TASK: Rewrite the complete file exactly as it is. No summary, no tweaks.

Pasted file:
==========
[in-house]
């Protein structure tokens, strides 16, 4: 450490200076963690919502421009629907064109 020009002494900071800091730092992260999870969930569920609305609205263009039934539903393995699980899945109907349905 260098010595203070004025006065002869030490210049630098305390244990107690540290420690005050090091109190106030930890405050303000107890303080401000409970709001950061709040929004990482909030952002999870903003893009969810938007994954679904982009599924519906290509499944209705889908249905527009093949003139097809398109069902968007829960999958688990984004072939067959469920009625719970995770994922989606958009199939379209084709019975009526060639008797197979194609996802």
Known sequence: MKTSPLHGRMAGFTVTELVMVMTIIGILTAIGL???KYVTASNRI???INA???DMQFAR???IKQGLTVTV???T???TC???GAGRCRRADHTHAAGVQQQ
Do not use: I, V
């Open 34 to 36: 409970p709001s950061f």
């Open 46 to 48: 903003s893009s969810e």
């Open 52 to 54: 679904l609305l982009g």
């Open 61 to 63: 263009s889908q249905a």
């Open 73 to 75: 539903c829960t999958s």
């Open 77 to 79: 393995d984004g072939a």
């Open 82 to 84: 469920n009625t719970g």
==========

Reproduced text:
[in-house]
């Protein structure tokens, strides 16, 4: 450490200076963690919502421009629907064109 020009002494900071800091730092992260999870969930569920609305609205263009039934539903393995699980899945109907349905 260098010595203070004025006065002869030490210049630098305390244990107690540290420690005050090091109190106030930890405050303000107890303080401000409970709001950061709040929004990482909030952002999870903003893009969810938007994954679904982009599924519906290509499944209705889908249905527009093949003139097809398109069902968007829960999958688990984004072939067959469920009625719970995770994922989606958009199939379209084709019975009526060639008797197979194609996802």
Known sequence: MKTSPLHGRMAGFTVTELVMVMTIIGILTAIGL???KYVTASNRI???INA???DMQFAR???IKQGLTVTV???T???TC???GAGRCRRADHTHAAGVQQQ
Do not use: I, V
């Open 34 to 36: 409970p709001s950061f």
């Open 46 to 48: 903003s893009s969810e």
């Open 52 to 54: 679904l609305l982009g």
């Open 61 to 63: 263009s889908q249905a």
């Open 73 to 75: 539903c829960t999958s």
């Open 77 to 79: 393995d984004g072939a």
């Open 82 to 84: 469920n009625t719970g």